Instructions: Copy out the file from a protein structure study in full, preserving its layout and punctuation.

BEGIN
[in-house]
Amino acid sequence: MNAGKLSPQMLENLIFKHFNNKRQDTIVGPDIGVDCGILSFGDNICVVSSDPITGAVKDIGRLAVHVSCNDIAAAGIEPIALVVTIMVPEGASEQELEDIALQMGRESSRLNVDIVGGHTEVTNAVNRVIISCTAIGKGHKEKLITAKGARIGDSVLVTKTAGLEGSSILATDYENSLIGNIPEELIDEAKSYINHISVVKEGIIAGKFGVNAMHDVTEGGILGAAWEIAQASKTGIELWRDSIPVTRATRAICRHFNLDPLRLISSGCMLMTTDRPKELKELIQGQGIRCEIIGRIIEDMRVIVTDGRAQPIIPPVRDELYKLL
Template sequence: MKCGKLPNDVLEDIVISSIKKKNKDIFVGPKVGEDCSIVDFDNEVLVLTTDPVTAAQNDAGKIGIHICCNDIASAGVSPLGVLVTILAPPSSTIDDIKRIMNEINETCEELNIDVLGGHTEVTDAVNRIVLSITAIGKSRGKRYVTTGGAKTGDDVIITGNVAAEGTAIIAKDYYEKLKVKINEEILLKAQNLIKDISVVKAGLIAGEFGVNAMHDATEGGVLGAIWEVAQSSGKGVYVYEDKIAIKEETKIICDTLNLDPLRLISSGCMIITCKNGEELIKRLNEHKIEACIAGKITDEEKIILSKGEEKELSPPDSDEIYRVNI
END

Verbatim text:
[in-house]
Amino acid sequence: MNAGKLSPQMLENLIFKHFNNKRQDTIVGPDIGVDCGILSFGDNICVVSSDPITGAVKDIGRLAVHVSCNDIAAAGIEPIALVVTIMVPEGASEQELEDIALQMGRESSRLNVDIVGGHTEVTNAVNRVIISCTAIGKGHKEKLITAKGARIGDSVLVTKTAGLEGSSILATDYENSLIGNIPEELIDEAKSYINHISVVKEGIIAGKFGVNAMHDVTEGGILGAAWEIAQASKTGIELWRDSIPVTRATRAICRHFNLDPLRLISSGCMLMTTDRPKELKELIQGQGIRCEIIGRIIEDMRVIVTDGRAQPIIPPVRDELYKLL
Template sequence: MKCGKLPNDVLEDIVISSIKKKNKDIFVGPKVGEDCSIVDFDNEVLVLTTDPVTAAQNDAGKIGIHICCNDIASAGVSPLGVLVTILAPPSSTIDDIKRIMNEINETCEELNIDVLGGHTEVTDAVNRIVLSITAIGKSRGKRYVTTGGAKTGDDVIITGNVAAEGTAIIAKDYYEKLKVKINEEILLKAQNLIKDISVVKAGLIAGEFGVNAMHDATEGGVLGAIWEVAQSSGKGVYVYEDKIAIKEETKIICDTLNLDPLRLISSGCMIITCKNGEELIKRLNEHKIEACIAGKITDEEKIILSKGEEKELSPPDSDEIYRVNI